Saturday, April 17 2010
There has been an Barred Owl hanging around our yard on and off for the past week or so. He (and, since he's small, I'm assuming he's male) likes to perch on the fat telephone cable above the end of our driveway, where he looks down at the rough overgrown patch of lawn near the road that we abandoned to forest succession about six years ago. This patch is surely home to many small mammals, and this accounts for its popularity not only with owls, but also with our cats Clarence and Julius (aka Stripey). Of course, Barred Owls and cats can be a bad combination given the fact that the former will occasion prey on the latter. This particular owl is a small Barred Owl, so our big boy cats are probably safe. But Sylvia and Marie (aka the Baby) might have something to worry about.
Both Gretchen and I got a chance to look at the Barred Owl through binoculars from the laboratory this afternoon. It was a cloudy afternoon, but this particular owl seems to have no reservations about hunting in the middle of a bright sunny day. Gretchen decided to name him Leon in punful homage to Leon Botstein, President of Bard College.
This evening Gretchen and I went with our dogs to the farm animal sanctuary in Willow to attend a birthday party for our friend Nemo (of "buttfinger" fame). When we arrived, those who weren't cooking in the kitchen were assembling the wire skeleton for a life-sized cow head that would be made of papier mâché. Being the artsy type and not too comfortable in a kitchen, I gravitated to the headmaking team. Also on my team was an precocious four year old boy named Gos (short for Gossamer) who insisted on helping out, though the result of his help was that our supply of chicken wire was merged with bits of string to form a nonsensical abstract arrangement that he then proceeded to drag back and forth across the floor. Gos was very protective of the remnants of a roll of chicken wire, which he'd come to believe belonged to him.
Nevertheless, I managed to make a pair of very convincing chicken wire ears for the cow.
Dinner ended up being a make-it-yourself vegan burrito bar, with several bean, rice, and fake meat components. It was possible for me to make a burrito that perfectly matched the idealized burrito in my brain, and I ate until stuffed. As for Gretchen, her appetite seemed to recover somewhat from whatever had been troubling her and she was able to eat a fair amount.
I'd been drinking red wine, but I soon discovered that red wine doesn't go well with Mexican food, so eventually I transitioned to various tequila-containing beverages.
After dinner, someone mixed up a big batch of paste (just flour and water) and we proceeded to lay down the first layer of papier mâché on the cow's wire skeleton. But there were too many cooks in the kitchen, so to speak, so I eventually bailed on that job. Meanwhile Sally the dog, who had been underfoot during the papier mâchéing, was all covered with paste drips.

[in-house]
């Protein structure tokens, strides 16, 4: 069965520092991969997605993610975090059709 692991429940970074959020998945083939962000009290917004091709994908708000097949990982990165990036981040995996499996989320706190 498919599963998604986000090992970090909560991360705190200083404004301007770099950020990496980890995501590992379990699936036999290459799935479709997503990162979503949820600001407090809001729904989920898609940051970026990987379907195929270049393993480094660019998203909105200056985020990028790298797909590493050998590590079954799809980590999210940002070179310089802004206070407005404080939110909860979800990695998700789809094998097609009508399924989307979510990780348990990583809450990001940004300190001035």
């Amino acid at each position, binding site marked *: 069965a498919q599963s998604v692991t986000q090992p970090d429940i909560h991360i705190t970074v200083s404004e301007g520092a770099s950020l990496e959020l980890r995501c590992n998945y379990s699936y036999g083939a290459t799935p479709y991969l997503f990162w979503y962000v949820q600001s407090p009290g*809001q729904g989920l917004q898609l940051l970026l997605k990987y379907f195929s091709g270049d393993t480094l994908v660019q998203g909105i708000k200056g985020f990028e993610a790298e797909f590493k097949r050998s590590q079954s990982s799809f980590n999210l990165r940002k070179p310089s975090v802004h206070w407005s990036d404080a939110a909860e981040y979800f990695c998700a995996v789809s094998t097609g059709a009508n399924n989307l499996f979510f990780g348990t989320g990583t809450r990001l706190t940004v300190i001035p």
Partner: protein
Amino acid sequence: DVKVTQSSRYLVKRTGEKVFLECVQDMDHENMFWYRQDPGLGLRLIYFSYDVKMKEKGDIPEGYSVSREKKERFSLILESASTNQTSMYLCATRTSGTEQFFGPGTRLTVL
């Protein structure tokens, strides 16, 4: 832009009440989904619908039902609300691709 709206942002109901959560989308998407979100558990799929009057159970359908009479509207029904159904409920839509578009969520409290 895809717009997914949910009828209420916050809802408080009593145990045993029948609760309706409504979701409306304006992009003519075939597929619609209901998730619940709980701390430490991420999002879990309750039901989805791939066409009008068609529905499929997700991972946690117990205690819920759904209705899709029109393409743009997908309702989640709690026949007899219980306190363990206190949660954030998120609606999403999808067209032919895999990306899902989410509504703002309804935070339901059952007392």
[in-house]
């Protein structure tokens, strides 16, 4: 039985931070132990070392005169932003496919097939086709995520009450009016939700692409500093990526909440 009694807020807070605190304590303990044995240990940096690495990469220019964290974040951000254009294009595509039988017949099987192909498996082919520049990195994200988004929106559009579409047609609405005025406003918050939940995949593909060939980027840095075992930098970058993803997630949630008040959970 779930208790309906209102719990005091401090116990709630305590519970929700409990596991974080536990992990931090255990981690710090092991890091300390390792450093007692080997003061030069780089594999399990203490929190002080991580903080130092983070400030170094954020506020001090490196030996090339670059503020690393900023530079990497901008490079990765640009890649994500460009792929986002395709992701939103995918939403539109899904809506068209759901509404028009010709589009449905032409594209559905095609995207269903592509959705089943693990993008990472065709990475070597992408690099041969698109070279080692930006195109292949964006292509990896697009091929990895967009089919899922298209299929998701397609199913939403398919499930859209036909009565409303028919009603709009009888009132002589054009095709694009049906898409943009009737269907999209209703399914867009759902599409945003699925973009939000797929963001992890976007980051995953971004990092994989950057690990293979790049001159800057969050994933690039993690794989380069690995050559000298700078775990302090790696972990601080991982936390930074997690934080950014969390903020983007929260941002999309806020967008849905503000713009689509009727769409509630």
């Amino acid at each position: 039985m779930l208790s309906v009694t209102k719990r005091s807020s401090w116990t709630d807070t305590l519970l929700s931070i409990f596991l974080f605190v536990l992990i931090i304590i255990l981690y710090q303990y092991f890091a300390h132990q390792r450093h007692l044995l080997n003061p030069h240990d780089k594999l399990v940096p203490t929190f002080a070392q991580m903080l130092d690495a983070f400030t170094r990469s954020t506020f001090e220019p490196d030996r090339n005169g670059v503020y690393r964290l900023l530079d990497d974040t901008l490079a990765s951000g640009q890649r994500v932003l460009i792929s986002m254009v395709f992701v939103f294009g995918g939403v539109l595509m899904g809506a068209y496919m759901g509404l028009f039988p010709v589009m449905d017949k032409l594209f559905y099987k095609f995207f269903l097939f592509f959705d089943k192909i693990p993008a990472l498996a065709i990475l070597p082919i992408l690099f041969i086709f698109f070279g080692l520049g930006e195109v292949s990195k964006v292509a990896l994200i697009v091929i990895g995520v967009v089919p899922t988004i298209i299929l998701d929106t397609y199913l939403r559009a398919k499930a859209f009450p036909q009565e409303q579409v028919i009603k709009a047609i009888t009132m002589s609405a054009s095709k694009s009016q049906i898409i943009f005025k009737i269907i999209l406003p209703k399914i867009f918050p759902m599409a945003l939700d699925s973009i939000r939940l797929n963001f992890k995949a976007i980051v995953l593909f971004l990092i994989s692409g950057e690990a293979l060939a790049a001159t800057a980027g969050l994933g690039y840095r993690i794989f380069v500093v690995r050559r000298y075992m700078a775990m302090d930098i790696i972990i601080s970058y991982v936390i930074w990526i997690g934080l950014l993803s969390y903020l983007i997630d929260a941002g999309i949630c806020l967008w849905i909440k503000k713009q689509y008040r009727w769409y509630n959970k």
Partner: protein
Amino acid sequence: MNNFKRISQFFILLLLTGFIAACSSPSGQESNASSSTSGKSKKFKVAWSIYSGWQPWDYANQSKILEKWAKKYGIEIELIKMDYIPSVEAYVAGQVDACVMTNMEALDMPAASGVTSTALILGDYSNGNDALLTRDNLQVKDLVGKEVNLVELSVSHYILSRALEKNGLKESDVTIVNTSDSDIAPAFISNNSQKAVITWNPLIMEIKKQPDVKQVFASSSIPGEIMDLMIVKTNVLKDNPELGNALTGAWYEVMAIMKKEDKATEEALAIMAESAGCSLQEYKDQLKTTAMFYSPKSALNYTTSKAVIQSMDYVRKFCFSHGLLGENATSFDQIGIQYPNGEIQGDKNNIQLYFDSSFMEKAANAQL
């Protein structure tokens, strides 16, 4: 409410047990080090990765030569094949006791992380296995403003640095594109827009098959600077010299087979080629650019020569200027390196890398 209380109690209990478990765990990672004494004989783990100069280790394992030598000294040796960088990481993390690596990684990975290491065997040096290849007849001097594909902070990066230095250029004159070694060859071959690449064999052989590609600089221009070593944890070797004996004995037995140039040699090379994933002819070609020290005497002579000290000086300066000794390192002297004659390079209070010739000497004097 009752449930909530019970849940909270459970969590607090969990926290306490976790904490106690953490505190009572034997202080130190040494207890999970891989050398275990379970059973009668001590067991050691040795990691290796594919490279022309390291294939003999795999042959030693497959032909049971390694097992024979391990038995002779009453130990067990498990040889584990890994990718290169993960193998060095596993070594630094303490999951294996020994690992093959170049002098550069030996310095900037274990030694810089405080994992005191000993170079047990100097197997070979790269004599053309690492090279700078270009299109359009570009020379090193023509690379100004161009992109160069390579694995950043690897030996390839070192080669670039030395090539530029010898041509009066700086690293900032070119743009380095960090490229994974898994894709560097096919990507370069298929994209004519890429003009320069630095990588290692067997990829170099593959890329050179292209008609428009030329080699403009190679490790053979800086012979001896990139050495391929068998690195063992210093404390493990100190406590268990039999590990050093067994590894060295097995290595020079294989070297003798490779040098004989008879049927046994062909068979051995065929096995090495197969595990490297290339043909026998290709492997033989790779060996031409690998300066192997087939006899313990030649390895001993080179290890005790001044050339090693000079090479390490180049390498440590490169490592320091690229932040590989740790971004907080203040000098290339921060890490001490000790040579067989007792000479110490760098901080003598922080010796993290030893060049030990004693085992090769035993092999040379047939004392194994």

Someone else there had a dog that didn't seem to get along well with Sally and Eleanor and kept picking fights with them. Eleanor reacted by being clinging and sticking extremely close to either Gretchen or me. As for Sally, she's not the kind of dog who will allow herself to be bullied. Her attitude was, "Oh you want to fight with me? Okay bitch, bring it awhn!" It was decided by all involved that the other dog was the troublemaker, so she was locked away for a time in bedroom.
Towards the end of our time at the dinner party, I noticed a bottle of Czech absinthe, so eventually someone poured me a glass in the complicated manner absinthe is poured. I hadn't had any absinthe since a semi-successful series of wormwood experiments back in Charlottesville back in the mid-1990s. It turned out that this particular brand of absinthe wasn't the kind that had contributed to the psychotic extremes of Van Gogh; the chemicals that do those things had been removed. All it had in common with real absinthe was alcohol and flavor. Unlike the acrid stuff from the mid-90s, this tasted somewhat like Jägermeister.
I hadn't had that word in my head until someone at the party used it to describe the flavor of this absinthe. I don't know about you, but when I hear "Jägermeister," I immediately think of the kind of people who drink it. The picture I have in my head is a dopey conformist college guy with a backwards baseball cap and only two mental modes: football fandom and date rape. In a social situation, I'm always in comic mode, so with the word "Jägermeister" in the air, there had to be some comic material to be mined in the image I had of Jägermeister's typical consumer. The word "date rape" is inherently funny, but not to anyone who has actually been date raped. Its comedy lies in the confluence of shocking, familiarity, and desperation. I looked around at the mix of men and women around me, decided the risk was worth taking, and went with this joke, "The thing I don't like about Jägermeister is that it makes me feel like a date rapist." Happily, this was my most well-received line of the evening.
Just before we left the party, we participated in a diversion known as "ugly face." The idea is to make the ugliest face possible in the most unflattering illumination, and then someone snaps a picture. For whatever reason, Gretchen and I proved especially talented and screwing our faces up into hideous arrangements, ones which made us look as though we had extra chromosomes and spliced-in genes from sea invertebrates.
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